Vitamins for epilepsy

No evidence that folic acid, thiamine, vitamin D or vitamin E improve seizure control or prevent side effects for people with epilepsy.

Antiepileptic drugs stop seizures for 70% of people with epilepsy and cause a number of side effects. This review investigated if vitamins improve seizure control or prevent side effects such as gum swelling, memory problems, osteoporosis, problems with blood cell formation and effects on peripheral nerves. The studies reviewed investigated the use of folic acid, thiamine, vitamin D and vitamin E and were of poor methodological quality. There is no conclusive evidence that vitamins improve seizure control or prevent side effects for people with epilepsy. Further studies are needed.

Authors' conclusions: 

In view of methodological deficiencies and limited number of individual studies, we have found no reliable evidence to support the routine use of vitamins in patients with epilepsy. Further trials are needed, especially to assess the utility of vitamin D supplementation to prevent osteomalacia and the role of vitamin E on seizures and thiamine in improving cognitive functions.

Read the full abstract...

Vitamins have been reported to be effective in controlling certain types of seizures and to prevent some of the harmful effects of antiepileptic drugs (AEDs). In this review we will summarize evidence from randomized controlled trials.


To assess if vitamins improve seizure control, reduce adverse effects of AEDs or improve the quality of life in people with epilepsy.

Search strategy: 

We searched MEDLINE from 1966 to October 2006, the Cochrane Epilepsy Group Specialized Register (December 2006), the Cochrane Central Register of Controlled Trials (CENTRAL) (The Cochrane Library Issue 4, 2006), and cross-references from identified studies.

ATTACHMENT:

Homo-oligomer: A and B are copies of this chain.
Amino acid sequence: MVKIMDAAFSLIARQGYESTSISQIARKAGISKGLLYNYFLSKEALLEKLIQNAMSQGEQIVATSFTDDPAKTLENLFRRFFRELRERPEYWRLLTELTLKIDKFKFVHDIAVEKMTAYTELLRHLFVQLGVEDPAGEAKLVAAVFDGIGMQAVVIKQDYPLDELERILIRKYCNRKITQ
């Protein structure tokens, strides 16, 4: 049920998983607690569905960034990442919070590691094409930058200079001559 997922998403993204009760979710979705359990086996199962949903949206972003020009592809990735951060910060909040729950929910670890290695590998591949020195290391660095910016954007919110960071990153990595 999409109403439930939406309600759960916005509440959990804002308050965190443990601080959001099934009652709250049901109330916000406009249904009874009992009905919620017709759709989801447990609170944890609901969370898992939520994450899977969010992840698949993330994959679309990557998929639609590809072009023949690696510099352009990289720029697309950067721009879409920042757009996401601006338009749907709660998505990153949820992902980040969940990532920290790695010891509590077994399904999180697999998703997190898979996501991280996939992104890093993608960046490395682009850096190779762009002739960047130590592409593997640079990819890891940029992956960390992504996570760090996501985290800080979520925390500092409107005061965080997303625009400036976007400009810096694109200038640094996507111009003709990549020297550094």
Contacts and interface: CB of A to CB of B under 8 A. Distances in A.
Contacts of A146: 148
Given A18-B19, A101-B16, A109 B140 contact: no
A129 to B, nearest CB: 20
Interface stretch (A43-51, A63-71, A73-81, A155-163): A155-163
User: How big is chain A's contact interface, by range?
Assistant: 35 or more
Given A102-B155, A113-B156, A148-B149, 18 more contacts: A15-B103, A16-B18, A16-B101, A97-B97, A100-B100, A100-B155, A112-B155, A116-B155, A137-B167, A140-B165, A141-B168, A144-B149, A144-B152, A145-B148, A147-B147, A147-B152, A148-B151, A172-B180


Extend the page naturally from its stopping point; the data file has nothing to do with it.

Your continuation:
Selection criteria: 

Randomized or quasi-randomized studies investigating the effects of one or more vitamins given alone or in addition to AEDs to people of any age with any type of epilepsy.

Data collection and analysis: 

Both review authors assessed the trials for inclusion and extracted the data. Outcomes assessed included seizure frequency, gingival hyperplasia, neuropathy, changes in bone mineral content, serum calcium, alkaline phosphatase, hemogram, serum levels of AEDs, neuropsychological and quality of life outcomes. Primary analyses were by intention to treat.

Main results: 

Fifteen studies met our inclusion criteria and were of poor methodological quality. None described randomization methods and most enrolled small numbers of participants. Nine studies (331 participants) investigated folic acid. Two studies (75 participants) found no effect for the outcome 50% or greater reduction in seizure frequency (OR 0.96; 95% CI 0.32 to 2.29). Also, no evidence was found for an effect on gingival health, intelligence, behavior, mental health or personality, or measures of red blood volume and hemoglobin content. Folic acid was not associated with any consistent changes in serum phenytoin or phenobarbitone levels or improvement in the mean motor conduction velocities of peripheral nerves. One small study (72 participants) found that thiamine improves neuropsychological functions related to psychomotor speed, visuospatial abilities, selective attention and verbal abstracting ability. One study (226 participants) found a significantly higher bone mineral content (BMC) among patients with epilepsy taking AEDs with vitamin D supplementation compared to controls who were not given supplementation (OR 3.6; 95% CI 2.48 to 4.72; p < 0.00001). The studies found no significant effects on serum calcium, alkaline phosphatase or general well-being. One small study (24 participants) found a significant decrease in seizure frequency in those treated with vitamin E compared to placebo (p = 0.00005; Peto OR 26.73; 95% CI 5.46 to 130.92).